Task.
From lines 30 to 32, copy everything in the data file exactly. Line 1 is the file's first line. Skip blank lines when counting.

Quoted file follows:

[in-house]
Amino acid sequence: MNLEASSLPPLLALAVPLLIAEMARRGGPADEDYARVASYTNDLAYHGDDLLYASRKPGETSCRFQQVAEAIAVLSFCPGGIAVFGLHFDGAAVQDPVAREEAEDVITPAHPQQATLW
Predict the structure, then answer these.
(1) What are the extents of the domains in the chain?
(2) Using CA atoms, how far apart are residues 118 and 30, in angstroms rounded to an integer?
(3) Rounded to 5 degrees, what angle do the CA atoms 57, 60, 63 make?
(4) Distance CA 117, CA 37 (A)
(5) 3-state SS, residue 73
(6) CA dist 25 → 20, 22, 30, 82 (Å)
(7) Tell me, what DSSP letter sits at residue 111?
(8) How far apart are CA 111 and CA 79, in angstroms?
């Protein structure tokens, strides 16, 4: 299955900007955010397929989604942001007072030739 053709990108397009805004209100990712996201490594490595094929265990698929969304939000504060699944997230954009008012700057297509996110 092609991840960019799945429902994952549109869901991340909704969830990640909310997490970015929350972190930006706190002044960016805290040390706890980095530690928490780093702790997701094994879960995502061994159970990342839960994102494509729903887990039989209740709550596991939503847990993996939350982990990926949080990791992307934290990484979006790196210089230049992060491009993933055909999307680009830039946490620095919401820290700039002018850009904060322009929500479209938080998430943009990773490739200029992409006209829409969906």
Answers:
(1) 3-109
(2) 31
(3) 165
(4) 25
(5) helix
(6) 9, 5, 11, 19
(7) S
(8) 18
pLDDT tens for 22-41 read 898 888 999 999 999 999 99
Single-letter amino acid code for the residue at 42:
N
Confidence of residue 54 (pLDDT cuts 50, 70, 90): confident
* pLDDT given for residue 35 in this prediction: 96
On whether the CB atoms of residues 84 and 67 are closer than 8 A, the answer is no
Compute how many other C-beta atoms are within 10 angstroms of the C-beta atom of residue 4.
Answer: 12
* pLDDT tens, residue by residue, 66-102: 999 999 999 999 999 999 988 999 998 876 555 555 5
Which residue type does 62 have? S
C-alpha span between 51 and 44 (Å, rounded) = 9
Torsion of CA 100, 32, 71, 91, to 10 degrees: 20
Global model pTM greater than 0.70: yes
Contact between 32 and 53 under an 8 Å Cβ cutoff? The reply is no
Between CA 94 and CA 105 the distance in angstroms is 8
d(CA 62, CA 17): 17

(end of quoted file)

* pLDDT tens, residue by residue, 66-102: 999 999 999 999 999 999 988 999 998 876 555 555 5
Which residue type does 62 have? S
C-alpha span between 51 and 44 (Å, rounded) = 9